Supporting small organizations
After doing one thing for over eight years, one would usually expect to have a certain level of competence in that activity. One would even expect to say: “I know know how to do X.”
However, when it comes to developing sustainable relationships with small organizations involving technology and the Internet, I realize that I just don’t know how to do it.
And - I don’t think I’m alone. In fact, I’ve worked and continue to work closely with dozens of very smart people, and we just can’t seem to figure it out.
Here’s the scenario:
A small group (less than 10 paid staff, often no paid staff) has a web site or online database. Perhaps the relationship starts with me building that web site or database. In either event, they periodically need changes made. No database or web site is ever finished. As long as the organization is growing and changing, so is there database and web site.
The problem is that these changes come in dribbles. Six months go by with no changes. Then, a 10 minute change is need. Or a thirty minute change is needed. Often, these changes come with a huge urgency. Something is not working that is needed immediately.
Sometimes the organization can pay for the changes and expect to, sometimes the organization can’t pay for the changes and expect them for free. Sometimes the changes reveal a bug in the first implementation. Sometimes organizations understand that bug fixes are a normal part of any technology deployment, other times organizations think the bugs are like a product defect and fixing them for free is the responsibility of the developer.
The problem is that the relationship becomes one based on exchange: the organization needs X changed. The developer will deliver X at a price of $Y.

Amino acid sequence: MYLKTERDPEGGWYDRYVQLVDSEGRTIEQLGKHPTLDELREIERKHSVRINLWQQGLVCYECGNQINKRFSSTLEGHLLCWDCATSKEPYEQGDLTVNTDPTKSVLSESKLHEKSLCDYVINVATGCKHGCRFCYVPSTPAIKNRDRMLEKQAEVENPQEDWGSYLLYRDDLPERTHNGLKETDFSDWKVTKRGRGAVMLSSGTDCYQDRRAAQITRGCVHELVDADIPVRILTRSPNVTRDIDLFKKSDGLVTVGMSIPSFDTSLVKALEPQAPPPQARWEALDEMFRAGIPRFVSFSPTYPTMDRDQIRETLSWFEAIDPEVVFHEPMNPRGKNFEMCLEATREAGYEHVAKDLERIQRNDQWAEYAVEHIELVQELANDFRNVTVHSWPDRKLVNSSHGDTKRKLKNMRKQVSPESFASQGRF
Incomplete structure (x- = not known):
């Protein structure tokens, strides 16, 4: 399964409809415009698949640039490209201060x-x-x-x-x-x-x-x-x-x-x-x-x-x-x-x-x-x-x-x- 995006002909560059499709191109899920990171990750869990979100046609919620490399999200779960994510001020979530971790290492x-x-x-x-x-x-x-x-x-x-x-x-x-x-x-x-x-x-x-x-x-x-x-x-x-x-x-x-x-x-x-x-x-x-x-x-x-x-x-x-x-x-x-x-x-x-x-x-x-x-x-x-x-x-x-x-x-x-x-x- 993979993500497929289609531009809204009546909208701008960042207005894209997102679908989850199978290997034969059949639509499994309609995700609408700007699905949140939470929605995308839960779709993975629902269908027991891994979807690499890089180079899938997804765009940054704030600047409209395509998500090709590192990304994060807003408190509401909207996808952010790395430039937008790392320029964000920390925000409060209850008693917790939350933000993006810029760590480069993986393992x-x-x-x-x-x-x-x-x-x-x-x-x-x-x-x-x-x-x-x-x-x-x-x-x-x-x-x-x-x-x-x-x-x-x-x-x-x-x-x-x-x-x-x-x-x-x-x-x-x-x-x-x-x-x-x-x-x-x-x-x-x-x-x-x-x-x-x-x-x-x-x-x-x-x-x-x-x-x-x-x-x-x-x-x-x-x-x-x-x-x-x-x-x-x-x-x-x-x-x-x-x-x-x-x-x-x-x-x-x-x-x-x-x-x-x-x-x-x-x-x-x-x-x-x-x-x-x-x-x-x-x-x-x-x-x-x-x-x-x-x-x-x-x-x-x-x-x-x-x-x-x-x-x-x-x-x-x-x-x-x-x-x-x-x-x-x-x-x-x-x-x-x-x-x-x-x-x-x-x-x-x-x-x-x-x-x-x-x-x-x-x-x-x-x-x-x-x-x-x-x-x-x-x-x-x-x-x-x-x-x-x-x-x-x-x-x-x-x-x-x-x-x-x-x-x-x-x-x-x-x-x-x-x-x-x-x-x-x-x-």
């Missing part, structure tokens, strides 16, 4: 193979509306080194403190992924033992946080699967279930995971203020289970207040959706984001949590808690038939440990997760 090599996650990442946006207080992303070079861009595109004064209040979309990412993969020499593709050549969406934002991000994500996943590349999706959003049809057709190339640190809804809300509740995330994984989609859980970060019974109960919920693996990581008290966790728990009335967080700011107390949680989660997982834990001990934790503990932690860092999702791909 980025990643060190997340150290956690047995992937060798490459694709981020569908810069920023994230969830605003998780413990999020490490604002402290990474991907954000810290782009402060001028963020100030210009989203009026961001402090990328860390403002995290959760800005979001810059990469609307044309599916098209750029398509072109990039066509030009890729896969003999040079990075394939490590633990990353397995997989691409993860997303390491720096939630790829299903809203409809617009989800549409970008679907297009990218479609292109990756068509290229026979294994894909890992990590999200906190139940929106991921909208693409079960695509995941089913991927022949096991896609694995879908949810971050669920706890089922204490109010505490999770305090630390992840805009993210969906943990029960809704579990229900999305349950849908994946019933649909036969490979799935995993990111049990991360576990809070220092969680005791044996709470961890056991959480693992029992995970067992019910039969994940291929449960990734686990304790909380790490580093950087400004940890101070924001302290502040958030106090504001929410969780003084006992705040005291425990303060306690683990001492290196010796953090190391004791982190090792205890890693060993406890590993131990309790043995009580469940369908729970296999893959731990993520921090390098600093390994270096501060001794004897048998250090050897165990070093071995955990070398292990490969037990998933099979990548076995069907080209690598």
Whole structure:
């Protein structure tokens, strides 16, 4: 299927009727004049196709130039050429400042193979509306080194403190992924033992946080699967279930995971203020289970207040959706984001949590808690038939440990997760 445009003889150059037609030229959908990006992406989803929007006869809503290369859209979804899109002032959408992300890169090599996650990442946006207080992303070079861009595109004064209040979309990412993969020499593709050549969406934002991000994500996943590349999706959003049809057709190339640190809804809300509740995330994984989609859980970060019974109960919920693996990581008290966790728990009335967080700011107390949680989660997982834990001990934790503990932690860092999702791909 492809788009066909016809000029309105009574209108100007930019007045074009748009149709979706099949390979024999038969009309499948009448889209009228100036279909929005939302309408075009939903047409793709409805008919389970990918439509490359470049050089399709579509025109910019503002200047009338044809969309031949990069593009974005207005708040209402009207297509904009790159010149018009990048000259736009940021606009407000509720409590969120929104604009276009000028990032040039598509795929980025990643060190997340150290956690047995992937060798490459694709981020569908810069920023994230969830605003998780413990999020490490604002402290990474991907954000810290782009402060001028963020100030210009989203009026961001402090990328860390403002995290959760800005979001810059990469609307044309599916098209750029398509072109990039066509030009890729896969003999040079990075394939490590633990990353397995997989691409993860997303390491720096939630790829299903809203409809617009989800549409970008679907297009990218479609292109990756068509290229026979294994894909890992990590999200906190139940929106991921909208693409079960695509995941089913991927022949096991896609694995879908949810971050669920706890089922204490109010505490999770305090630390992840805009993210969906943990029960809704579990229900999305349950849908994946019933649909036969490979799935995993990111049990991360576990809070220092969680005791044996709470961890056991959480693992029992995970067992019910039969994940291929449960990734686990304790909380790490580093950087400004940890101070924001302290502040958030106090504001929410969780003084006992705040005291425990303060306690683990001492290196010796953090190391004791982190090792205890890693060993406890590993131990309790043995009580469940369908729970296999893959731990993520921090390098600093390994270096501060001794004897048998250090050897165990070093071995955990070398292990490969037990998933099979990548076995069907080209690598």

There are a number of bigger political problems with the exchange model, which we could discuss for hours, and I think that’s a good discussion.
For now, however, I want to only address the impracticality of that model. Developers, like all humans on this planet, need a steady income in order to live. Even when the organizations are available and willing to pay for all changes, this model is a really hard one to live on. The pay is too unpredictable and too little. The only way to survive on this model is to over commit and over promise.
There are some solutions to this problem, but they all have draw backs:
- Charge more money for hourly work. This only solves the “too little” problem - it doesn’t solve the random problem. And, most small organizations can’t afford to pay more
- Only work with large organizations. Yes, this works. Just not for small organizations
- Collectivize the work. May First Technology Collective did this for 6 years and had a lot of success. However, we eventually closed because we could not afford to support the small organizations. We either needed to be subsidized (for a while we had bartered space and relied on a lot of foundation contracts) or we had to tip the scale in favor of much larger organizations. The difference between an individual making $60/hour and an organization paying staff salaries and health insurance making $60/hr is enormous.
- Scheduled support. This might be the closest to a working model. Pick a time interval - 4 hours once a month, 2 hours ever two months. Schedule the days that the time will be worked in advance. One week before the day start communicating about what changes will be made. On the day in question, do the work. This has serious drawbacks for the organization in question: often changes need to be made right away and this model doesn’t account for it. On the other hand, it does allow the developer to schedule themselves in a way that can guarantee their time.
What other models are there?